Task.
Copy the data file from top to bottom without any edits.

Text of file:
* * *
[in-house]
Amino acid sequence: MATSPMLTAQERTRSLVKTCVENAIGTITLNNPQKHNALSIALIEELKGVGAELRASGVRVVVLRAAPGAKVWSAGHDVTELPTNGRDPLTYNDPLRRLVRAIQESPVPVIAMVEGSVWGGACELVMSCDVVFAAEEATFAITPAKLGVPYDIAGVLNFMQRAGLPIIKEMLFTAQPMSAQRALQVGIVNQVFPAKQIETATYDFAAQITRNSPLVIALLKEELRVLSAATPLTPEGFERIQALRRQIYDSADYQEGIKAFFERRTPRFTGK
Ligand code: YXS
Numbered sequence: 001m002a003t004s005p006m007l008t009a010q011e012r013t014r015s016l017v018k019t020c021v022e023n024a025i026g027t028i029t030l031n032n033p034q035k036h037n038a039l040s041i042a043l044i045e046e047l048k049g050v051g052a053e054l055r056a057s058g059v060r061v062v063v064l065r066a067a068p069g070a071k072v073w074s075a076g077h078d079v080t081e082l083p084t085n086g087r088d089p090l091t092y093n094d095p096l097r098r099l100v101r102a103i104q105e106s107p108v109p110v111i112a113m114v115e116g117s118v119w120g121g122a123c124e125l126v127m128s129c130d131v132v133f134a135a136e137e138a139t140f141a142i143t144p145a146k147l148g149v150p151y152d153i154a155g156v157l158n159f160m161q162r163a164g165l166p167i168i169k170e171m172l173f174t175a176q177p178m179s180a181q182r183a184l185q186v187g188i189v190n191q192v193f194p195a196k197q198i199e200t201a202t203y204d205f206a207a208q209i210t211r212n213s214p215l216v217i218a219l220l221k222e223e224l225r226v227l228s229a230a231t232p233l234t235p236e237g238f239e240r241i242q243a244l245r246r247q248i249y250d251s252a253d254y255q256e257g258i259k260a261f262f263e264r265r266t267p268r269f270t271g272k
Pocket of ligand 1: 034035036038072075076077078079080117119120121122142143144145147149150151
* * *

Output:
[in-house]
Amino acid sequence: MATSPMLTAQERTRSLVKTCVENAIGTITLNNPQKHNALSIALIEELKGVGAELRASGVRVVVLRAAPGAKVWSAGHDVTELPTNGRDPLTYNDPLRRLVRAIQESPVPVIAMVEGSVWGGACELVMSCDVVFAAEEATFAITPAKLGVPYDIAGVLNFMQRAGLPIIKEMLFTAQPMSAQRALQVGIVNQVFPAKQIETATYDFAAQITRNSPLVIALLKEELRVLSAATPLTPEGFERIQALRRQIYDSADYQEGIKAFFERRTPRFTGK
Ligand code: YXS
Numbered sequence: 001m002a003t004s005p006m007l008t009a010q011e012r013t014r015s016l017v018k019t020c021v022e023n024a025i026g027t028i029t030l031n032n033p034q035k036h037n038a039l040s041i042a043l044i045e046e047l048k049g050v051g052a053e054l055r056a057s058g059v060r061v062v063v064l065r066a067a068p069g070a071k072v073w074s075a076g077h078d079v080t081e082l083p084t085n086g087r088d089p090l091t092y093n094d095p096l097r098r099l100v101r102a103i104q105e106s107p108v109p110v111i112a113m114v115e116g117s118v119w120g121g122a123c124e125l126v127m128s129c130d131v132v133f134a135a136e137e138a139t140f141a142i143t144p145a146k147l148g149v150p151y152d153i154a155g156v157l158n159f160m161q162r163a164g165l166p167i168i169k170e171m172l173f174t175a176q177p178m179s180a181q182r183a184l185q186v187g188i189v190n191q192v193f194p195a196k197q198i199e200t201a202t203y204d205f206a207a208q209i210t211r212n213s214p215l216v217i218a219l220l221k222e223e224l225r226v227l228s229a230a231t232p233l234t235p236e237g238f239e240r241i242q243a244l245r246r247q248i249y250d251s252a253d254y255q256e257g258i259k260a261f262f263e264r265r266t267p268r269f270t271g272k
Pocket of ligand 1: 034035036038072075076077078079080117119120121122142143144145147149150151